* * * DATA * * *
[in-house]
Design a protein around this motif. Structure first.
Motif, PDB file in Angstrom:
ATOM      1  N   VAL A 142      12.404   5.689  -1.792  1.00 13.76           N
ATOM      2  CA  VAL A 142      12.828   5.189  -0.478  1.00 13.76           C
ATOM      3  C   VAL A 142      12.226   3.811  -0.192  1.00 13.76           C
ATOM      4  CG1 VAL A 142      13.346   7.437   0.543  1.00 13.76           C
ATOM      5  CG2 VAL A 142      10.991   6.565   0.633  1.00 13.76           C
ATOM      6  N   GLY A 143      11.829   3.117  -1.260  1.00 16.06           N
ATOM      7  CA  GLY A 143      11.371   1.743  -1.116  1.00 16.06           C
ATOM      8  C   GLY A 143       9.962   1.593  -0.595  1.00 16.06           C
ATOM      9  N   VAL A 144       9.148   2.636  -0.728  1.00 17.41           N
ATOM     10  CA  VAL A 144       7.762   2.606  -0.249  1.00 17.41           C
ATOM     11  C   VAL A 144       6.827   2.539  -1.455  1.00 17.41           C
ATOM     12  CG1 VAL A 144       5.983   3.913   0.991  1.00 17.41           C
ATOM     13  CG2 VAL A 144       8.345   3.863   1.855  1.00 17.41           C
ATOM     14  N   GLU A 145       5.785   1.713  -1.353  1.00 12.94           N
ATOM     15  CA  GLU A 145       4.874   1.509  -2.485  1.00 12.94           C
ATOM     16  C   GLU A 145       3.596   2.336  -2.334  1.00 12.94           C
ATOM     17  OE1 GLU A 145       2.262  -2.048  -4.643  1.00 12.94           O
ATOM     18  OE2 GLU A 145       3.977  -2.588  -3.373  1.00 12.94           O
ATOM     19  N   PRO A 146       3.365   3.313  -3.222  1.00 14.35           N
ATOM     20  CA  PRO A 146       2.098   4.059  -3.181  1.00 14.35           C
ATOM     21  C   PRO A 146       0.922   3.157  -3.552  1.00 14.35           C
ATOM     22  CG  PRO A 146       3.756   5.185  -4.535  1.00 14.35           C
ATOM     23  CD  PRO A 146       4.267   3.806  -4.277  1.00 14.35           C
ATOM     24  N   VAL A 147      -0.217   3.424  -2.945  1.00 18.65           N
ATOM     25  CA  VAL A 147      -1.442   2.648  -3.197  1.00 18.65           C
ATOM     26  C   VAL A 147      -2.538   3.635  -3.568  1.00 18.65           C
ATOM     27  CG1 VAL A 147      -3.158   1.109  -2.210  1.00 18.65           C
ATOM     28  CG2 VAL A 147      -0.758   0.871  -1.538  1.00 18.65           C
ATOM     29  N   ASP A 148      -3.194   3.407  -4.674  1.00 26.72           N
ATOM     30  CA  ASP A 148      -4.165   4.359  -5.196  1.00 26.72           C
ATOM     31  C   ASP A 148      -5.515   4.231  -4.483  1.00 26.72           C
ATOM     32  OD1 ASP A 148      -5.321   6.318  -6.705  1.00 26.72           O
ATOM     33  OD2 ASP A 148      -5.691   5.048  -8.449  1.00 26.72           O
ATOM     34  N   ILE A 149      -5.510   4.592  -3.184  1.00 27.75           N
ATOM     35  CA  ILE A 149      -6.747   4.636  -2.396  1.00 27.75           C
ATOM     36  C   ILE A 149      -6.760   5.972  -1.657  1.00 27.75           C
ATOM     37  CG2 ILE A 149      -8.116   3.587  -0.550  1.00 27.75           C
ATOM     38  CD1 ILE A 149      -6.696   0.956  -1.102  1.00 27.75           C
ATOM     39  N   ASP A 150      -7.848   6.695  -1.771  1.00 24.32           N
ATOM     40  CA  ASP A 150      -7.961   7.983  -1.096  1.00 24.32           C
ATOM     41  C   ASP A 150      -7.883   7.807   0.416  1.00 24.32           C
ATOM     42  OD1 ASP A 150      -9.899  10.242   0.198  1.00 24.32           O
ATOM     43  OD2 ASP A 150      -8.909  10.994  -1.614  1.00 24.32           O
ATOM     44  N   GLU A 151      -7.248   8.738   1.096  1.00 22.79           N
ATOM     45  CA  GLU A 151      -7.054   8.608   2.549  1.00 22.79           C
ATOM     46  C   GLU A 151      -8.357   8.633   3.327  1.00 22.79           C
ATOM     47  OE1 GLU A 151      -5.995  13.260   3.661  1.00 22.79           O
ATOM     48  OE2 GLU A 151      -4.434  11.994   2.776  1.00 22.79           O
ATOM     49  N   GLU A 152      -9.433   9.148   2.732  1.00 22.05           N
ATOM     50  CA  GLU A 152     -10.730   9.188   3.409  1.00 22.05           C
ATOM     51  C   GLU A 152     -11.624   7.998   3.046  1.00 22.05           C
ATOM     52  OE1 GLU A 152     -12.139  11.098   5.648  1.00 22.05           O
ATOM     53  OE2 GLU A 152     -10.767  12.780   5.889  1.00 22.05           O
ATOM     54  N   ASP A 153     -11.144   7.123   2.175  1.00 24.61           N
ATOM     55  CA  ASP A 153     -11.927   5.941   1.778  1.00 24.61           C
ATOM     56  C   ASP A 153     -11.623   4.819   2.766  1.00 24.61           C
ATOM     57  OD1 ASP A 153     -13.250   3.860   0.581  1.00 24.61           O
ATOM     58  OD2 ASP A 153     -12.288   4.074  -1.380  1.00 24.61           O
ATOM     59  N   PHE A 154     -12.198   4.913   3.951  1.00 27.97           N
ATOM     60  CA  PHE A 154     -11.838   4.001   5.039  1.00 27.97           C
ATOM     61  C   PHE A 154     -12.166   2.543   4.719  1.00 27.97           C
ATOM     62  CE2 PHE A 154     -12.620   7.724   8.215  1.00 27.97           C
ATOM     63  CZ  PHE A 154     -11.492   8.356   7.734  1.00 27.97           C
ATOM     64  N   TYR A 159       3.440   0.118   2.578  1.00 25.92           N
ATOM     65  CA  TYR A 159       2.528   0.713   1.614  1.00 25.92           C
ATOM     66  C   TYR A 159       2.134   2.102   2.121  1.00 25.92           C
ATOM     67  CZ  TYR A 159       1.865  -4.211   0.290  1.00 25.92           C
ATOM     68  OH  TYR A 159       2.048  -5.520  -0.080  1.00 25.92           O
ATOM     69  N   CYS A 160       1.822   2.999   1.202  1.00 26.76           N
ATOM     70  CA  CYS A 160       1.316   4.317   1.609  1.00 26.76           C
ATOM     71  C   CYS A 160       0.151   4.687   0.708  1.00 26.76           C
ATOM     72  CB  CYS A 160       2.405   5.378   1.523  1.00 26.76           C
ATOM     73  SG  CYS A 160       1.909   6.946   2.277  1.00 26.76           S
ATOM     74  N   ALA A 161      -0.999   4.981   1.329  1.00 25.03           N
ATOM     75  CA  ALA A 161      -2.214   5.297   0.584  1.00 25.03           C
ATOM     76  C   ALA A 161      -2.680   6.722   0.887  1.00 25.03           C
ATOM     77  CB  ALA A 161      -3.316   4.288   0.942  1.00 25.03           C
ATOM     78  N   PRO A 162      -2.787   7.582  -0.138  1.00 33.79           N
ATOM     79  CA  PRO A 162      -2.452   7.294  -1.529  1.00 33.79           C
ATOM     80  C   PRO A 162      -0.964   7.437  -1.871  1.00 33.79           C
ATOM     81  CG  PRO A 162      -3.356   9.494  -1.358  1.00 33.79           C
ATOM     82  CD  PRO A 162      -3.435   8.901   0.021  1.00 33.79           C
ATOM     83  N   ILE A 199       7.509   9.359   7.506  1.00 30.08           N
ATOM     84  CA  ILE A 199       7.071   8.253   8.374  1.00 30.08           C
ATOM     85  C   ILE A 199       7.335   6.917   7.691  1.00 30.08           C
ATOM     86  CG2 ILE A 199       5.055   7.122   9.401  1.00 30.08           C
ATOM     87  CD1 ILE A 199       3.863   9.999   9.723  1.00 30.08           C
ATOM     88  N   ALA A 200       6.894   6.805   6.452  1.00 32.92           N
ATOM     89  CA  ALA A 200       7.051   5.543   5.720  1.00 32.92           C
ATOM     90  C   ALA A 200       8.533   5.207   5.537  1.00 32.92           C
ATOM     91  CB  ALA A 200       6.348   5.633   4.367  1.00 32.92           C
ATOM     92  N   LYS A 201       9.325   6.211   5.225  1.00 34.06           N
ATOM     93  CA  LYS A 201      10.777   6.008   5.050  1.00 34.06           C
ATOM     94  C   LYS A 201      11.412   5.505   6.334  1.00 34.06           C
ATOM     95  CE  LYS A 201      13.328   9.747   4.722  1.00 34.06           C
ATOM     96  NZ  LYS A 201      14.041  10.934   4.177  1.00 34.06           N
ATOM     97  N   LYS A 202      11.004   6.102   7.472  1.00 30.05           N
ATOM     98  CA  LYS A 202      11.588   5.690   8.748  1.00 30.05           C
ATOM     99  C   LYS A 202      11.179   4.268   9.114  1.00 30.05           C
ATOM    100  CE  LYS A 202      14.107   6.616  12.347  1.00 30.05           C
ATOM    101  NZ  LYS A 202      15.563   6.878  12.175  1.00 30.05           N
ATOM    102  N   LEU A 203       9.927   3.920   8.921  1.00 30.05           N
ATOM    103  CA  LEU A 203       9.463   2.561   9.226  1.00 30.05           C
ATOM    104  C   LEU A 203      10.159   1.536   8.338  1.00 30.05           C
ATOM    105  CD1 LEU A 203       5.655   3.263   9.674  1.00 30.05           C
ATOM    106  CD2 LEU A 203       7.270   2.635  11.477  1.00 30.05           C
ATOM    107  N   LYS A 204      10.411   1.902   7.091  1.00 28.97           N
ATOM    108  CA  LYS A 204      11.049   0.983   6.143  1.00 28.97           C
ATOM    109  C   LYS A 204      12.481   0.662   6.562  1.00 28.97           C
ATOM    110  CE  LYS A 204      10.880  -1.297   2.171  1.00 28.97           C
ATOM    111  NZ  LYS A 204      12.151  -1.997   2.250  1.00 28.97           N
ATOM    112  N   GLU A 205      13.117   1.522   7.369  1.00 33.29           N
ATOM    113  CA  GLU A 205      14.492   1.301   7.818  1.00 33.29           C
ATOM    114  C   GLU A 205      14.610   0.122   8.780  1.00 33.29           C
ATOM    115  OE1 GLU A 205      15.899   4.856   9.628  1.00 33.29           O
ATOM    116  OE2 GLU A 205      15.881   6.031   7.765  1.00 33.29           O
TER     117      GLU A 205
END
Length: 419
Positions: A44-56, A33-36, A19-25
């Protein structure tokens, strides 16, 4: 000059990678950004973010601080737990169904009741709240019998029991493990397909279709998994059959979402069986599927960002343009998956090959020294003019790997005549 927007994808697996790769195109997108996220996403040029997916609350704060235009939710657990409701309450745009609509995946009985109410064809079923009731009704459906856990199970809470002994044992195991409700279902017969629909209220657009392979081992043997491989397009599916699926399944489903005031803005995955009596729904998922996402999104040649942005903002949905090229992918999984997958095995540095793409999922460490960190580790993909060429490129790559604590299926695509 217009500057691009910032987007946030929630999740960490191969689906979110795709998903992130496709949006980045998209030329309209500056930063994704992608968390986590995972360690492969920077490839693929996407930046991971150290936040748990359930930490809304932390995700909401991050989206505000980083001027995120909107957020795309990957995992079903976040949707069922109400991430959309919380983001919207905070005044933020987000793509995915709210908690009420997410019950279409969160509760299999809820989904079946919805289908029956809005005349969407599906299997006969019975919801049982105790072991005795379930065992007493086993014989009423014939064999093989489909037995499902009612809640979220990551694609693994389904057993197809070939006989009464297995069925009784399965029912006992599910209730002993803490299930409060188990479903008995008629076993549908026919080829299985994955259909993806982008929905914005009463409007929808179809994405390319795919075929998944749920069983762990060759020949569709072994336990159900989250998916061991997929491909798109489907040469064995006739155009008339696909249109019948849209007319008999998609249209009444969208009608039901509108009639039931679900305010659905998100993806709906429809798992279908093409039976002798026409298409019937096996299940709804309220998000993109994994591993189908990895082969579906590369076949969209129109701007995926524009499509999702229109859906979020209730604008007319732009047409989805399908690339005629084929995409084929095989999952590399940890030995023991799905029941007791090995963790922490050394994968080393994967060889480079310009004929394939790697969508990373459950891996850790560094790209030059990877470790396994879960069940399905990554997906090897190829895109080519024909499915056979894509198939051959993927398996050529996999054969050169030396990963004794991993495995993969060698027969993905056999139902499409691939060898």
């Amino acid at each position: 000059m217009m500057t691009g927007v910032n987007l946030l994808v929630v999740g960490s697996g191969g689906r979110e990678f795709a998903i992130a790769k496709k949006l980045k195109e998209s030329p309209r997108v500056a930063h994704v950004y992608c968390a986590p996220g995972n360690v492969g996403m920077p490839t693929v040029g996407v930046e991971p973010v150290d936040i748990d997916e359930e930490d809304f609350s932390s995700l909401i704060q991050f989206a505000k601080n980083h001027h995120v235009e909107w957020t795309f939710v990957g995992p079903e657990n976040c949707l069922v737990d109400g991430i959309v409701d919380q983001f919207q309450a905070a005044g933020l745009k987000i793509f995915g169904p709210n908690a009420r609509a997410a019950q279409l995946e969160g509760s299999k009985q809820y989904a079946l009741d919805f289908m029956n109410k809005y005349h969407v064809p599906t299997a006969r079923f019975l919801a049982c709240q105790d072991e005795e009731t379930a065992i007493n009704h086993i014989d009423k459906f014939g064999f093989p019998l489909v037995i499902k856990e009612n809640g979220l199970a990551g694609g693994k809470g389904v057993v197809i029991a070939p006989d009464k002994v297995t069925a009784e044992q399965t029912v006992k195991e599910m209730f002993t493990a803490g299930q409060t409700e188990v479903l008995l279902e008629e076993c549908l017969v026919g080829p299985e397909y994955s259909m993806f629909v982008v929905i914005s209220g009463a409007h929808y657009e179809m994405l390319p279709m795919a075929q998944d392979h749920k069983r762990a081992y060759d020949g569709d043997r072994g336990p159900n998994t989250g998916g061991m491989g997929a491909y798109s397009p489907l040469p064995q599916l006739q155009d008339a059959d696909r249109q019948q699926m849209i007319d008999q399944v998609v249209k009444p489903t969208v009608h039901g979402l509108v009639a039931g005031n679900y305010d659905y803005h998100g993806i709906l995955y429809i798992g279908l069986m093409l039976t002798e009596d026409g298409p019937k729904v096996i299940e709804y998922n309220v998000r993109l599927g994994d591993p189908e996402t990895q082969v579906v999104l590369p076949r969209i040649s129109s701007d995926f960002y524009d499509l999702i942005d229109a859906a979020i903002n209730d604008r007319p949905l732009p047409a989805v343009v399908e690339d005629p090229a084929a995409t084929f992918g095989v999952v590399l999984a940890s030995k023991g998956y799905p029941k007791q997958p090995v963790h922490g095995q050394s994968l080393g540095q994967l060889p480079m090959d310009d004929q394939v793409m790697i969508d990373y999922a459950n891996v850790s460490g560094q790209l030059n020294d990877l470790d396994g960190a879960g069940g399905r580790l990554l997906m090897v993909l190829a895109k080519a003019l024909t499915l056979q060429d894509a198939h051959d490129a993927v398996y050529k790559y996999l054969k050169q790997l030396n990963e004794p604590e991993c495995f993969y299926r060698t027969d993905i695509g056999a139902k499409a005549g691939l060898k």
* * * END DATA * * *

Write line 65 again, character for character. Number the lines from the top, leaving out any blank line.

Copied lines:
ATOM     62  CE2 PHE A 154     -12.620   7.724   8.215  1.00 27.97           C